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Preaching or Teaching?
Civil Georgia, Tbilisi / 23 Feb.'18 / 10:16
Otto Kobakhidze

Patriarchate of Georgia. Photo: Eana Korbezashvili/Civil.ge

Georgia debates teaching religion at school

The ways of the lord are impenetrable. Rather than spur the government into action to prevent bullying in schools, the fate of two underage schoolboys, stabbed to death by their peers in downtown Tbilisi in December 2017, brought about discussions on reinstating religious education at schools.

The aging leader of the Georgian Orthodox Church, Patriarch Ilia II sees the direct connection “…we should pay attention to upbringing, especially spiritual upbringing [of children]. Probably our government should think about this, there must be the history of religion and issues of spirituality [taught] in schools.”

When Patriarch Ilia II - Georgia’s revered religious leader and country’s most trusted man by all polls during the past decades - speaks, Georgia’s government takes notice. The newly appointed Minister for Education and Science Mikheil Chkhenkeli has walked the trodden path supporting the initiative enthusiastically. “I think history of religion must be in every school as an elective course and we are heading this way,” Chkhenkeli said.

Human rights activists think the constitutional principles of laicity are at stake. Tamta Mikeladze of EMC, a Tbilisi-based human rights NGO, says “it is safe to say in our country incumbent government is deeply intertwined with the Georgian Orthodox Church… The Church’s influence over the Ministry of Education is rising.”

Schools and Religion 

This is not the first time religious education is considered for schools. Even as Georgia regained its independence in 1991, classes of “the History and Culture of Religion” were introduced into the classrooms and taught to pupils aged 8 to 12 until 2005. Despite its title suggesting social science tilt, the classes were often (although not always) taught by the Orthodox Christian priests and almost in all cases focused overwhelmingly on Orthodox Christianity as means of patriotic education - and religious indoctrination.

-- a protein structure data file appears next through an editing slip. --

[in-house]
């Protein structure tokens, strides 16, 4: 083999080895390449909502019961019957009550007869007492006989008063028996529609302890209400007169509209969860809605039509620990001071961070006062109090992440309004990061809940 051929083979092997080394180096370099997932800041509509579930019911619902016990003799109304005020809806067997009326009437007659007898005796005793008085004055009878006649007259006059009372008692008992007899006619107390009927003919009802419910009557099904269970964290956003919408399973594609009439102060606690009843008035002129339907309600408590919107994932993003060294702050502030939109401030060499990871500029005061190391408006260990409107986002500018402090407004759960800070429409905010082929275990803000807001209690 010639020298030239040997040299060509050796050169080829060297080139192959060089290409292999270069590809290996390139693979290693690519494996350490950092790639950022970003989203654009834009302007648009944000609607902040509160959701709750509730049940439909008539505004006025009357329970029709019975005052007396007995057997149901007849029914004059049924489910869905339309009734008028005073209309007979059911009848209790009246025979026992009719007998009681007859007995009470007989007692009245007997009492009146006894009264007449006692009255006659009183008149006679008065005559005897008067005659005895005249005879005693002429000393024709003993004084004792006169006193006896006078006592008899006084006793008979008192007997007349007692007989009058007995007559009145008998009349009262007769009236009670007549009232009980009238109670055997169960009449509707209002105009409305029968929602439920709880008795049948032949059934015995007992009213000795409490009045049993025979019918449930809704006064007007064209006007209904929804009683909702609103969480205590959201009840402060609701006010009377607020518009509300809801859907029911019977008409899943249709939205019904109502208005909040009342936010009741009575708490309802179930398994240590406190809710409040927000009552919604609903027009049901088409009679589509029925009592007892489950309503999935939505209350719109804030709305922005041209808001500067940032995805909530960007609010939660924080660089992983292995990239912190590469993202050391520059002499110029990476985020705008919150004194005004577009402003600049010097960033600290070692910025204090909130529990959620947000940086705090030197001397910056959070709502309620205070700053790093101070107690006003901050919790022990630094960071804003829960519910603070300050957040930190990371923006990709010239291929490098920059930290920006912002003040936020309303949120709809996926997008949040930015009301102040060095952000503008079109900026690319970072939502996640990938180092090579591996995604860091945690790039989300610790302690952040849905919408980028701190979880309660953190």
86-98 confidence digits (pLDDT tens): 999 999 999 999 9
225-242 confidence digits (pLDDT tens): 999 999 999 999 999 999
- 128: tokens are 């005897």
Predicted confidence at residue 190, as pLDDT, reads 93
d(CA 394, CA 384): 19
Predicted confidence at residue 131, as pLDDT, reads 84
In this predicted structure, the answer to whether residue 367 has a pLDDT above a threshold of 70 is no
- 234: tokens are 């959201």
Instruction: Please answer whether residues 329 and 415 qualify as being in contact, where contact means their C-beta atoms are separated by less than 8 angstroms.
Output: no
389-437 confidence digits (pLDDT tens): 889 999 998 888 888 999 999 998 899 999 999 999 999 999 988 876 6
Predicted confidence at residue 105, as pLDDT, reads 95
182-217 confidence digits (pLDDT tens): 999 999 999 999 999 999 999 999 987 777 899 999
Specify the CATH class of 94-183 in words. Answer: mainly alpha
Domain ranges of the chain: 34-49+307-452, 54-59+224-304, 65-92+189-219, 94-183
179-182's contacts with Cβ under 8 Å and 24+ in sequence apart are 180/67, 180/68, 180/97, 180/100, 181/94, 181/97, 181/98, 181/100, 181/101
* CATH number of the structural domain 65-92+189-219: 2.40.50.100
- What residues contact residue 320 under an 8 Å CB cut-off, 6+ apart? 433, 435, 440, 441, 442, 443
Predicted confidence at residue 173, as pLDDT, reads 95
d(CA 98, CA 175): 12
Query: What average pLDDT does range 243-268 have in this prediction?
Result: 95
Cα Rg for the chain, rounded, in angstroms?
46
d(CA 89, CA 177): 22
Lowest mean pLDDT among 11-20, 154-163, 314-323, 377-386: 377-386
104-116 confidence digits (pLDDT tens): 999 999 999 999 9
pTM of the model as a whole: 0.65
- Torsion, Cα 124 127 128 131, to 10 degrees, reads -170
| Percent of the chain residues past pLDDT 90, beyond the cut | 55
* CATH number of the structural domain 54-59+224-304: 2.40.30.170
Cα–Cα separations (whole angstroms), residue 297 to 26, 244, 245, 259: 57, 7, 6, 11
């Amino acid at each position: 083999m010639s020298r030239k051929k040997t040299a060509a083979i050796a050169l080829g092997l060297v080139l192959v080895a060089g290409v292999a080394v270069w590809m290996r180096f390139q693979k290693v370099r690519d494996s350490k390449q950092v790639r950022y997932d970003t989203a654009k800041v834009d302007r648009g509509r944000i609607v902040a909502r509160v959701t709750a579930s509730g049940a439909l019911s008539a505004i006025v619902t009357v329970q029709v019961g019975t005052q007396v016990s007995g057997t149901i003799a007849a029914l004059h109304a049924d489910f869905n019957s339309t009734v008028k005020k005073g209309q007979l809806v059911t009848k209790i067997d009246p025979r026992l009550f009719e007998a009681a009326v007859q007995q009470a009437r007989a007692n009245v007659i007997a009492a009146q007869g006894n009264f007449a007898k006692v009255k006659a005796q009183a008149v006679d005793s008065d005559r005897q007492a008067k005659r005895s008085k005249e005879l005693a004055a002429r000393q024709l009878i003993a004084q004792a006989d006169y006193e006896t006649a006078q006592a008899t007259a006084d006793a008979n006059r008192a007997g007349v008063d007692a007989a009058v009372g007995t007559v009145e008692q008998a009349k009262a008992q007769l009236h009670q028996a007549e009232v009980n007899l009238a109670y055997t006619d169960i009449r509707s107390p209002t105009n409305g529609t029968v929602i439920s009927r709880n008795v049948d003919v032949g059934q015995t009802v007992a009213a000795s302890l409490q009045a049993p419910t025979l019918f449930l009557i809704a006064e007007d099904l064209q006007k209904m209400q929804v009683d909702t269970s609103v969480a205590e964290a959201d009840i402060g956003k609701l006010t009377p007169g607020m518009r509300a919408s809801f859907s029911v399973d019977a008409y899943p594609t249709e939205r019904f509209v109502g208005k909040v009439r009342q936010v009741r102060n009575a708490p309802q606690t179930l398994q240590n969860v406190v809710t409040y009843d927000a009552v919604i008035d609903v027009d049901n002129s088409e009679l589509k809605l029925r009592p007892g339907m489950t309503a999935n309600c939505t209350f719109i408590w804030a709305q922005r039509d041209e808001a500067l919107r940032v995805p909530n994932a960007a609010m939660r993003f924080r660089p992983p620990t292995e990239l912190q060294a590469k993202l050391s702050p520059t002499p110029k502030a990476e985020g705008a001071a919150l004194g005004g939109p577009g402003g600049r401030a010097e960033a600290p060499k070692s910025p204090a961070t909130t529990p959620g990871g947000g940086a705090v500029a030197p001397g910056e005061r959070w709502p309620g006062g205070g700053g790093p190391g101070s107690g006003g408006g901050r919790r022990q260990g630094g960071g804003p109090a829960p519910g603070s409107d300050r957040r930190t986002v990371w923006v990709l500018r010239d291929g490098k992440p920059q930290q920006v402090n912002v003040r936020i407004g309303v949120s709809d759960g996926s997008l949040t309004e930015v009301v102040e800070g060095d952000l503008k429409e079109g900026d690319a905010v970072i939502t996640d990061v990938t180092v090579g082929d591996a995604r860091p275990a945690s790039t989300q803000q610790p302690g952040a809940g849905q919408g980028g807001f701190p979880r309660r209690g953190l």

Did this experiment have positive impact on civic peace and tolerance that the Patriarch seems to expect?  Does not seem so. The 2002 report by the European Commission against Racism and Intolerance (ECRI) documented “repeated acts of violence and harassment against members of religious minorities in Georgia.”  Jehovah’s Witnesses, Baptists and Evangelical Christians were said to be the most frequent targets of violence. Revaz Apkhazava, executive director of the International Institute for Education Policy, Planning and Management (EPPM), suggests the causality goes the other way from what the Church officials suggest: “we had religious education and it caused serious problems,” he told journalists.

Since 2005, the new Law of Georgia on General Education declared that schools needed to abide by the principles of religious neutrality and secularism. The course on religion was removed from the curriculum, with a proviso that teaching about religions was integrated into various courses of Georgian language and literature, history, arts and other disciplines.

But Mikeladze tells us, that despite the formal line, “in many schools you can still see that the religion course is taught, but nobody is aware of how legal that is, or what the course curriculum is… [through such courses] the Orthodox Patriarchate and priests exercise influence over pupils and teachers, [which is] expressed in blessings, [pupils] participating in religious ceremonies, etc.”

Civic vs. Religious Studies?

Until recently, the Ministry of Education and Science seemed set on its course to streamline teaching about religions throughout the wider social sciences curricula. Steps were made to further formalize the changes made since 2005. In 2014, the Ministry said the new course “Society and I” would include a component of teaching about religions. This was falling within a general trend of deepening the social sciences and civics curricula - “Society and I” would be taught for 3rd and 4th graders (9-10 years old), “Our Georgia” for 5th and 6th graders (11-12 years) and Civic Education to 7th to 10th graders (13 to 16). 

Yet, Minister Chkhenkeli has changed the course. The Ministry official Mariam Chikobava told civil society representatives in a roundtable organized on this issue, that “the History of Religion(s)” would be introduced as an elective course, starting at the secondary education level and spanning several years. She stressed the preparations were starting and it would take some time till the first textbooks and formal curricula saw the light.